Tips on Parenting & Relationships
By Ross Fields, CPE and Kathleen Fields, CPE
Munjoy Hill Observer, April, 2014
Punishment, Reward, Bribe . . . What do they really teach?
One of the toughest topics we work with is that of asking parents to eliminate punishment, reward or a bribe as disciplinary tools in raising their children. Do any of these sound familiar:
- “Why wouldn’t I use punishment and reward? My parents used it and I turned out just fine.”
- “How are they going to learn if I don’t ground them or take their stuff away?”
- “Hey, I knew exactly what I did wrong and I deserved my punishment.”
- “I give my kids $100 for every A on their report card. Now that’s motivation!”
- “As long as you’re under my roof, this is how it is.”
- “Spanking is not abuse.”
The use of corporal punishment is never an option. We can’t think of a single circumstance where a child’s learning ability or experience is enhanced by being physically struck. Enough said.
Punishment erodes self-worth and limits your child’s character.
Punishment and reward, or the use of a bribe, are not effective tools for developing your child’s sense of responsibility, internal motivation, and personal accomplishment, which any parent would want for their child. A punishment or reward does create the illusion of correcting a behavior, but only in the short term. Eventually, you won’t be able to come up with a punishment that is severe enough, a reward valuable enough, or a bribe enticing enough to change the behavior that has now become a habit. Punishment creates resistance and the desire for revenge or getting even, not cooperation. The use of reward slowly strips away the desire to create and succeed.
If you want your child to be dependent on someone else for their happiness, for their direction in life, then by all means, keep using punishment and reward to control their behavior. The question is: what happens when no one is around to administer the proper punishment or dole out a just reward?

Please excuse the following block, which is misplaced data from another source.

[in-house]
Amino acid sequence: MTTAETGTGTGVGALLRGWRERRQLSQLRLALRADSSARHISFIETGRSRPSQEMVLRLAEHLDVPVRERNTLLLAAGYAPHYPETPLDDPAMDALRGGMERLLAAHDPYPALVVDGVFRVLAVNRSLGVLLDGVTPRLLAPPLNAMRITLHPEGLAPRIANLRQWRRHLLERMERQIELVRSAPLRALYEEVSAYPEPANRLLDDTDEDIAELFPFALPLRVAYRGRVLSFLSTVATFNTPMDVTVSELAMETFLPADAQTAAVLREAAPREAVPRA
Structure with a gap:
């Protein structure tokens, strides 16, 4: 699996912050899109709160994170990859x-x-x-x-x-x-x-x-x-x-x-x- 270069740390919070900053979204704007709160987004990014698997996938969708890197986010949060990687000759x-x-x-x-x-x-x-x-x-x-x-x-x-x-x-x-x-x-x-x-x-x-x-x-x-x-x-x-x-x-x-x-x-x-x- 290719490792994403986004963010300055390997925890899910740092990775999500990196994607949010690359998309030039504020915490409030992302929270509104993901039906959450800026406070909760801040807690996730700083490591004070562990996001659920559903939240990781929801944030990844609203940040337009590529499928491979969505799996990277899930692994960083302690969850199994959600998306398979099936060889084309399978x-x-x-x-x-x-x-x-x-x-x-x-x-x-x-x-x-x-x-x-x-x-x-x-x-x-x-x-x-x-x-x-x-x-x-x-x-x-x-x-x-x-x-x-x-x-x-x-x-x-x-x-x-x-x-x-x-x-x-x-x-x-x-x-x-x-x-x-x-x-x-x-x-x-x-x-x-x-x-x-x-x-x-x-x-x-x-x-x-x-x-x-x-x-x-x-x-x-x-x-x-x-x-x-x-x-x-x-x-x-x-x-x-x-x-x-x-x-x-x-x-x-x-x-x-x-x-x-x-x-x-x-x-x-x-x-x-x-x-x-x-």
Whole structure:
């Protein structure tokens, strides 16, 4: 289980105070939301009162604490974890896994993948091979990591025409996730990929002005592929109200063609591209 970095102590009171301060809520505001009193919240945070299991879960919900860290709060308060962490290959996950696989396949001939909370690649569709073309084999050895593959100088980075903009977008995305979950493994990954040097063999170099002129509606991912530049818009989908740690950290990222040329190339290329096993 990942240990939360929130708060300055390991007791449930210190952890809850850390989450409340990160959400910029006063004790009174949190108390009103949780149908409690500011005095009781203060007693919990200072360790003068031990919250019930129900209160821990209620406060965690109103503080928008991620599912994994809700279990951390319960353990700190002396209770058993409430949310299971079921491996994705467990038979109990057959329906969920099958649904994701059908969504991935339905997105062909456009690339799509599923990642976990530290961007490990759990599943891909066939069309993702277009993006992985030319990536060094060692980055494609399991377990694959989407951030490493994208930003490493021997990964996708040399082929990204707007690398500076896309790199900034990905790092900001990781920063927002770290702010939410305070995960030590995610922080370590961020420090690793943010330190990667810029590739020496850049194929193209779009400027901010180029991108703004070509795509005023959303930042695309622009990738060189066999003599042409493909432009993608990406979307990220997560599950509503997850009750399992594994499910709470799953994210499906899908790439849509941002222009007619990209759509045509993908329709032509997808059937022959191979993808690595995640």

Think about the last time you were humiliated or treated unfairly, punished or didn’t receive a just reward. Did you feel like, “OK, wow, I deserved it. Thanks. I am ready to cooperate now. You can count on me. I am just all smiles and feel so good about myself.” Probably not. A child, not wanting to suffer embarrassment or humiliation, may become an approval junkie, giving up a big part of who he or she is in order to please others. Do you know any approval junkies?
Giving up the use of punishment and reward doesn’t mean that your household becomes a lawless jungle. It just means that you learn how to come together to create and agree upon the rules that all can live with. There will always be conflict that can effectively be solved without resorting to punishment or reward. We’re all more willing to follow rules that we’ve helped establish.
In the May edition of Growing Together, we’ll explain what to use in place of punishment, reward or bribe. Until then we have an assignment for you. If you’re currently using corporal punishment we ask you to just put that aside for now. If and when the urge arises, remove yourself from the situation. Give yourself a moment to calm down. Once calm, go back and just simply state that you need to work through the problem, calmly, and come up with a solution that works for both of you. We know this sounds simplified. The main thing is stopping and calming down before proceeding. You can do this. It will be worth it.
Next, we want you to create a list of the instances where you use punishment or reward/bribe in disciplining your child. Awareness is a powerful tool. Then, in May, as promised, we will discuss effective alternatives. Thank you for your willingness to take a look at doing it differently, to parenting deliberately.
And as always . . . with patience, education, and practice, you will become a more confident and effective parent.
It’s ALL about the relationship.
Ross Fields & Kathleen Fields are
Certified Parenting Educators (CPE) and
co-founders of Results Parenting, LLC